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With Stellantis Now Onboard, Tesla Has Won the Charger Battle

by | February 16, 2024

Stellantis will adopt the Tesla-style North American Charging Standard. The parent of brands including Chrysler, Dodge, Jeep and Ram was the last holdout among major automakers to go with the NACS plug. It means owners will have access to a substantial wider network of plugs and formalizes Tesla’s Superchargers as the de facto winner in the charging battle. Tesla, meanwhile, is taking steps to prevent the embarrassing charger failures many owners ran into during a recent Midwest cold snap.

Ford Using Tesla Supercharger

All major automakers operating in North America now will migrate to Tesla’s NACS plug.

Until recently, EV owners faced a dilemma when looking for public charging stations. Since the first mass market battery-electric vehicles came to market in late 2010 there have been three different standards when it came to charger plugs – Nissan’s CHAdeMO, the widely used CCS and Tesla’s proprietary NACS. It was like traveling with a computer or electronic device and not knowing whether to bring a U.S., EU or UK adaptor.

The charging battle is about to come down to one. Stellantis has agreed to adopt Tesla’s North American Charging Standard – technically known as the SAE J3400 connector – beginning the migration with “select” products in the 2025 model-year. The Euro-American automaker was the last CCS holdout since Ford first announced plans to switch last May.

“Customers win”

As of year-end, there were about 2,000 Tesla Supercharger stations located across the United States alone, according to S&P Global Mobility, with roughly 20,000 charging stalls. That makes it one of the largest networks of publicly available quick chargers – DC systems that can yield as much as an 80% recharge in as little as 20 minutes for some vehicles.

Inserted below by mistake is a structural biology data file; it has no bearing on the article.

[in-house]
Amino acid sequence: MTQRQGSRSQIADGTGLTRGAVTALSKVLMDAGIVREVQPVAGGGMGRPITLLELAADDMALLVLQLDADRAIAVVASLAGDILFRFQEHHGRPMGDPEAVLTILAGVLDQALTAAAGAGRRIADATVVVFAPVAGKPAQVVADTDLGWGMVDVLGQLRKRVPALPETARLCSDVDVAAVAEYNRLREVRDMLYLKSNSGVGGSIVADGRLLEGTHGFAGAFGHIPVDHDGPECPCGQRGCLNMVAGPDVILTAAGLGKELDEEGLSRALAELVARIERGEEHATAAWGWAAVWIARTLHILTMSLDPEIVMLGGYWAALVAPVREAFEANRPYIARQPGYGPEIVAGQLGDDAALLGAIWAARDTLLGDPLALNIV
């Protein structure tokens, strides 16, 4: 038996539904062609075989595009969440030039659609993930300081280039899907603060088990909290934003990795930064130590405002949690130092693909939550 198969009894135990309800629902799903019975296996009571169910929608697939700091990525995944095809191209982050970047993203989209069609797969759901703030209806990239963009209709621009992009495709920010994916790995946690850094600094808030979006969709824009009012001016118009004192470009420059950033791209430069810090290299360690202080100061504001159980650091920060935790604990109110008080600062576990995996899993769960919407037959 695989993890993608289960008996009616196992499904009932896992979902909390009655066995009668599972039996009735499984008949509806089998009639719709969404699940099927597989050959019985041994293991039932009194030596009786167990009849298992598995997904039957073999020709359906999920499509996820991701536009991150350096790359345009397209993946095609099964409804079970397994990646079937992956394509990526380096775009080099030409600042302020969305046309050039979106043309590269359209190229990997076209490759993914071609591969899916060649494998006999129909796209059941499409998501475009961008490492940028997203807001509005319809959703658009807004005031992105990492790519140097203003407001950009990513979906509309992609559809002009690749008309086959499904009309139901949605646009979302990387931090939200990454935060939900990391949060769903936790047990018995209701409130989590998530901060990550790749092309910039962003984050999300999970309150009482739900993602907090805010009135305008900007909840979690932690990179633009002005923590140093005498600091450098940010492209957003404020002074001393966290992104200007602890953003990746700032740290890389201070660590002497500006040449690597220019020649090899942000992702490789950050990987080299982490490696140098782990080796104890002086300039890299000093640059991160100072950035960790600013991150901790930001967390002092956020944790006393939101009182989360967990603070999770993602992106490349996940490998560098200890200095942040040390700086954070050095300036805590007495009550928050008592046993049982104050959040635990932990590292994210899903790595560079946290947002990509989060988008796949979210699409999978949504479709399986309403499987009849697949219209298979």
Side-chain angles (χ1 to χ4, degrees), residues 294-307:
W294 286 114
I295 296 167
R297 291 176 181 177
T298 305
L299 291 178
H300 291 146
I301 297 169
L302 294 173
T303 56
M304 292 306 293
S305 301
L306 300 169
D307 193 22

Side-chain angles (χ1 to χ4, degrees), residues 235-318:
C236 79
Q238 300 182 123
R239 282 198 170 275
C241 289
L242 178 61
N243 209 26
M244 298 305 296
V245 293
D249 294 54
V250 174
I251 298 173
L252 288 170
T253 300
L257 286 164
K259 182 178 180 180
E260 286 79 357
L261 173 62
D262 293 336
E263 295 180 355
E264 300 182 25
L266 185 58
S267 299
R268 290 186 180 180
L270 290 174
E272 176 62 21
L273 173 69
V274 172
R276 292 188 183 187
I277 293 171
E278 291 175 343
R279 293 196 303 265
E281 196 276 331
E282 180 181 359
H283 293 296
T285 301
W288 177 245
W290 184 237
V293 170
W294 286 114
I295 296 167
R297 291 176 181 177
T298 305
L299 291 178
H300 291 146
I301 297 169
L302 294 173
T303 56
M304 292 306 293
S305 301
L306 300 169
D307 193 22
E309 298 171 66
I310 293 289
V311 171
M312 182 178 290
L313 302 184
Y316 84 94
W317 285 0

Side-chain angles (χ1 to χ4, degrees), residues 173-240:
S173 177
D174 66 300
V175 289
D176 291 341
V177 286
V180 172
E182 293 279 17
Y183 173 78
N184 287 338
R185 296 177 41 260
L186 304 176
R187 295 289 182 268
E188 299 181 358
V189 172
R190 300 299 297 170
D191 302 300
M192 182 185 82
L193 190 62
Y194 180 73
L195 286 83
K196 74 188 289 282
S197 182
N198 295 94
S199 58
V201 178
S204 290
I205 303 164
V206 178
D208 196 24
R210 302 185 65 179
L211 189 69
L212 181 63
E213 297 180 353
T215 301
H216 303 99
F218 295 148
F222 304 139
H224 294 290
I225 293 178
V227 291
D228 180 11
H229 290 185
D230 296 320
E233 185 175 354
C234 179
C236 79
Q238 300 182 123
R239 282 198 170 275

2024 Fiat 500e RED with original 500

Stellantis hasn’t said which models will be first to get NACS plugs but it’s preparing to launch the all-electric Fiat 500, as well as a production version of the Dodge Charger Daytona shown, above.

Equally important, Tesla has spaced out its network so that motorists are never more than about an hour’s drive from a Supercharger, even in states like Montana, Wyoming and the Dakotas, places often described as “charging deserts” when it comes to finding stations equipped with the CCS and CHAdeMO plugs.

“Customers win when the industry aligns on open standards,” said Ricardo Stamatti, Stellantis SVP of global energy & charging. The move, he added in a statement, is “a milestone for all customers on the path to open and seamless charging.”

Still short

A milestone, perhaps, but there were still just 53,800 places EV owners can plug in around the U.S., at the end of 2023, and about 137,000 charging stalls. The Biden administration has called for 500,000 chargers by 2030 — and last month announced a $773 million support program. The vast majority of today’s chargers, meanwhile, operate at Level 2. They typically require eight hours or more to fully replenish a drained battery.

Ionna - charger

Ionna, a new charging company is a joint venture launched by seven major automakers. It will install plugs for both CCS and NACS.